Technologies to be examined include those in the categories of: high-performance computing environments, site remediation, structural control and simulation, high-performance materials, condition assessment, robotics, and decision support systems.


Research Agenda and Demonstration Projects

The Center's research plan will be implemented around three case studies or demonstration projects that will enable researchers to study the promise of advanced technologies and impediments to their use, in real-world situations.

The planned demonstration projects involve the water supply and electrical power systems of the Los Angeles Department of Water and Power (LADWP), and a New York City hospital complex — and depict western and eastern U.S. scenarios which offer different sets of engineering and socioeconomic circumstances that impact implementation of loss-reduction measures.

Research tasks are organized under three cross-disciplinary programs:


Consortium Partners

Institutions taking part in the research program include:

Dr. Lee serves as principal investigator (PI) on the advanced technology center project. Co-PIs are: Dr. Masanobu Shinozuka, University of Southern California; Dr. Tsu T. (Larry) Soong, University at Buffalo; Dr. Kathleen Tierney, Disaster Research Center, University of Delaware; and Dr. Richard White, Cornell University.

Dr. Lee praised his co-PIs and other researchers for their contributions to the successful proposal. He also acknowledged Center researchers for their ability to work together on focused projects, joining those with expertise in earthquake engineering with those who study seismology and the social and economic impacts of earthquakes. "Their combined knowledge produces a research team that is well-prepared for the challenge of developing sound engineering and disaster-management solutions that are economically feasible and socially acceptable," he said.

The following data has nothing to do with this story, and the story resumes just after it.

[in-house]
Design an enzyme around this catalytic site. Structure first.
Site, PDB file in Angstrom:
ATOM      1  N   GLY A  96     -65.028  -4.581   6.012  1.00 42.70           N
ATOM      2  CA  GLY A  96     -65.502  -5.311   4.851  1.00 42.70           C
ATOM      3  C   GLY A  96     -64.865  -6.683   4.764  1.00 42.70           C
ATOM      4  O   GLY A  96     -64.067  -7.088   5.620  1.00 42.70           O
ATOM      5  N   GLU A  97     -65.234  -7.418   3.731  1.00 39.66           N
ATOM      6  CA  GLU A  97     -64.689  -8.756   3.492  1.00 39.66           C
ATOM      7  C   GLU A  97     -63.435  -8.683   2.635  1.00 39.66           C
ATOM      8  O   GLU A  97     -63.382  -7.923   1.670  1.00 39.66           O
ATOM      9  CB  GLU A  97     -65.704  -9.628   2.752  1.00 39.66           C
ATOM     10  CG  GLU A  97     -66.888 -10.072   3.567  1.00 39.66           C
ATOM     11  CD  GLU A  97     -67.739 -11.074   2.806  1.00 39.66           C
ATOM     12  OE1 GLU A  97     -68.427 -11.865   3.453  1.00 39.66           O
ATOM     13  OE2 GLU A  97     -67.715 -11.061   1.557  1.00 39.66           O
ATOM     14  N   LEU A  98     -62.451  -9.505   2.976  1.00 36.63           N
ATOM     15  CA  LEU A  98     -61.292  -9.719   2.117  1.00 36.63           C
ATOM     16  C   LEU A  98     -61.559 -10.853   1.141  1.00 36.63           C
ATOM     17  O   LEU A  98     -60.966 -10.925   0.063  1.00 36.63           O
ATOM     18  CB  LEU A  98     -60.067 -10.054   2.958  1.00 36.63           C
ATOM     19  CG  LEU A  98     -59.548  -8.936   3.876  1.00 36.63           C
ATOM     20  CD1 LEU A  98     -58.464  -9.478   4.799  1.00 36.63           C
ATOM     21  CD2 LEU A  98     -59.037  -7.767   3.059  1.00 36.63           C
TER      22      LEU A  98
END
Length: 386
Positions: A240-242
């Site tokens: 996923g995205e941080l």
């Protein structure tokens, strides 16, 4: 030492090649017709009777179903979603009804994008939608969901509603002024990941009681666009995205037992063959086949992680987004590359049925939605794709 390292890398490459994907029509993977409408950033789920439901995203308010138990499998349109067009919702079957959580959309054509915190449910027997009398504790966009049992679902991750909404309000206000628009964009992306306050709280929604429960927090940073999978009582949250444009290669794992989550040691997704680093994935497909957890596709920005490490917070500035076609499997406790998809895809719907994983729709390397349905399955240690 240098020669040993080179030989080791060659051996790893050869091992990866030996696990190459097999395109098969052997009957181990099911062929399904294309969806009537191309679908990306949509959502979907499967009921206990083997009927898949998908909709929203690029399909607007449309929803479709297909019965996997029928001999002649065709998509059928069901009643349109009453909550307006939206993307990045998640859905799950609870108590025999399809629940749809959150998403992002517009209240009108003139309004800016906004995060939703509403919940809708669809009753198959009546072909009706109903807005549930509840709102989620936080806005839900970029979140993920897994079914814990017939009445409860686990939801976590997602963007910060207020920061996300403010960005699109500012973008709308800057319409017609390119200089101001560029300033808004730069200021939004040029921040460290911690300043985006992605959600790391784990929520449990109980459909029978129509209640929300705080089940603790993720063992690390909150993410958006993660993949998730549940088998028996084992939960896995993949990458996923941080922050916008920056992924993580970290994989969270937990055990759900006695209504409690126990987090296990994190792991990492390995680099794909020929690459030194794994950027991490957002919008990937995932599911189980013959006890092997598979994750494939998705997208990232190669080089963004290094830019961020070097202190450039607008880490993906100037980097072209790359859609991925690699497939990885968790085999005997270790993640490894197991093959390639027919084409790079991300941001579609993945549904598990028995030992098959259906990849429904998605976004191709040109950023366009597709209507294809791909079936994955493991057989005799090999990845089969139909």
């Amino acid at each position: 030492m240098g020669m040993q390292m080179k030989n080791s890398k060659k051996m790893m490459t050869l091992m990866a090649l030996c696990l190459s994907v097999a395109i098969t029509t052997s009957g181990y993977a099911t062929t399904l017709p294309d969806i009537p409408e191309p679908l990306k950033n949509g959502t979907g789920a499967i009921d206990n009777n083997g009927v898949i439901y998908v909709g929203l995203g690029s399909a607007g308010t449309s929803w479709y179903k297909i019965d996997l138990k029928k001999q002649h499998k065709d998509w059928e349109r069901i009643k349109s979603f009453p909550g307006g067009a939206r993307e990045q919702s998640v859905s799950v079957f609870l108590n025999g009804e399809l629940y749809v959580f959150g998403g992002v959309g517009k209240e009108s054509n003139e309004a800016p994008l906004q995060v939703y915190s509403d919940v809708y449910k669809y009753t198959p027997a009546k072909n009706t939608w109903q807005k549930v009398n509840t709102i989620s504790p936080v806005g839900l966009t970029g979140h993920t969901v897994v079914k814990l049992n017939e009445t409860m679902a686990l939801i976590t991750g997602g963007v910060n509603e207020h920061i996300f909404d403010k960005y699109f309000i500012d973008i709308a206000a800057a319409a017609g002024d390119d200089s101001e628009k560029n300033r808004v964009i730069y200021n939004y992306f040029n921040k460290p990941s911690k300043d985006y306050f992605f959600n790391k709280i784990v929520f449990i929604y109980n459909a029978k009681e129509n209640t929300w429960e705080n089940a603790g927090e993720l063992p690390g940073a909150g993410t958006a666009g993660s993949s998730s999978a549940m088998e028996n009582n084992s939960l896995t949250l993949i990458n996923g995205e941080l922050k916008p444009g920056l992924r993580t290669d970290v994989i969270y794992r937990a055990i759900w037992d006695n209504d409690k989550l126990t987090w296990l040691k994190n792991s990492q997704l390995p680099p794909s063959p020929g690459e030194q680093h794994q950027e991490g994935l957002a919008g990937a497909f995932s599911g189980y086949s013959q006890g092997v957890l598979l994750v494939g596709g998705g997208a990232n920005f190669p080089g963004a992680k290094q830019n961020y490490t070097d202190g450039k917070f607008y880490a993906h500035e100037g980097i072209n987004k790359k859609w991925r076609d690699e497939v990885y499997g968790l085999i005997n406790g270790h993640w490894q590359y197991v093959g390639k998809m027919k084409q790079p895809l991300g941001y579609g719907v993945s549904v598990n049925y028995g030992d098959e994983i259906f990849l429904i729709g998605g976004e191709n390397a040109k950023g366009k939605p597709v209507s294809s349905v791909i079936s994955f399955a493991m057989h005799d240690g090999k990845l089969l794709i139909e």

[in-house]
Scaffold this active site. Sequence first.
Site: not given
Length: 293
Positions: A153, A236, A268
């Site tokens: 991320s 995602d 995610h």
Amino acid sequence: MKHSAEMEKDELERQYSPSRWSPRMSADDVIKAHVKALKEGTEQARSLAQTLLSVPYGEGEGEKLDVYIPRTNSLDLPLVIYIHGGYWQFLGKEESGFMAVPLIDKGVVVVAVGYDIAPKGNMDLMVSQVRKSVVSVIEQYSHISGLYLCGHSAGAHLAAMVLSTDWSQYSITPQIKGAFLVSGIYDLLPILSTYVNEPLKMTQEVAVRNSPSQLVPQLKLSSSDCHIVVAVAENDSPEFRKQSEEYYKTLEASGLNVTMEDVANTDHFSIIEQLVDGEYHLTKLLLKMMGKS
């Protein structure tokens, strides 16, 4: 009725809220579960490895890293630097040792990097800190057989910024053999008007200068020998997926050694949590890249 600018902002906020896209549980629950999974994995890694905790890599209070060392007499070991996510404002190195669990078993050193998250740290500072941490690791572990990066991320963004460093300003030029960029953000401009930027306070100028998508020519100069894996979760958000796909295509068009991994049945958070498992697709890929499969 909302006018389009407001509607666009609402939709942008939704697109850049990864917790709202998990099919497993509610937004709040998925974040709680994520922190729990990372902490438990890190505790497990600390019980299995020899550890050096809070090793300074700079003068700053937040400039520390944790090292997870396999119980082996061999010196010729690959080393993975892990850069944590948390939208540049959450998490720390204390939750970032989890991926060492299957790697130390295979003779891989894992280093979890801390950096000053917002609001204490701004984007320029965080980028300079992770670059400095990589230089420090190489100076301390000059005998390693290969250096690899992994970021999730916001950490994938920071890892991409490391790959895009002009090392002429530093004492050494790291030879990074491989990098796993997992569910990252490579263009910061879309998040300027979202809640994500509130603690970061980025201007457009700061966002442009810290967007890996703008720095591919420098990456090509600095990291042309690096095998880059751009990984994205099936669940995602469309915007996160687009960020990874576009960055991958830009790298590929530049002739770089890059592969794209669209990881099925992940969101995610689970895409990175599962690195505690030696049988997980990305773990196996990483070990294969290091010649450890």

He added that the Buffalo-based center looks to strengthen its network of institutions, cooperating with the centers at Berkeley and Illinois to establish a nationwide system of centers for earthquake engineering research. A council of center directors will work to assure coordination and continuity among them.


Pacific Earthquake Engineering Research (PEER) Center

The Pacific Earthquake Engineering Research (PEER) Center, led by Dr. Jack P. Moehle, of the University of California at Berkeley, will develop technologies to reduce urban earthquake losses. Its consortium comprises nine core universities: UC Berkeley, UC Los Angeles, UC Davis, UC Irvine, UC San Diego, Stanford University, California Institute of Technology, University of Southern California, and the University of Washington in Seattle. Affiliated institutions in seven western states will augment efforts.


Mid-America Earthquake Center

The Mid-America Earthquake Center, directed by Dr. Daniel P. Abrams, at the University of Illinois, Urbana-Champaign, will emphasize reducing potential earthquake losses in the central and eastern U.S. by concentrating on problems associated with low-frequency seismic events. Its consortium includes seven universities: University of Illinois, Georgia Institute of Technology, Texas A&M University, University of Memphis, Washington University, St. Louis University, and Massachusetts Institute of Technology.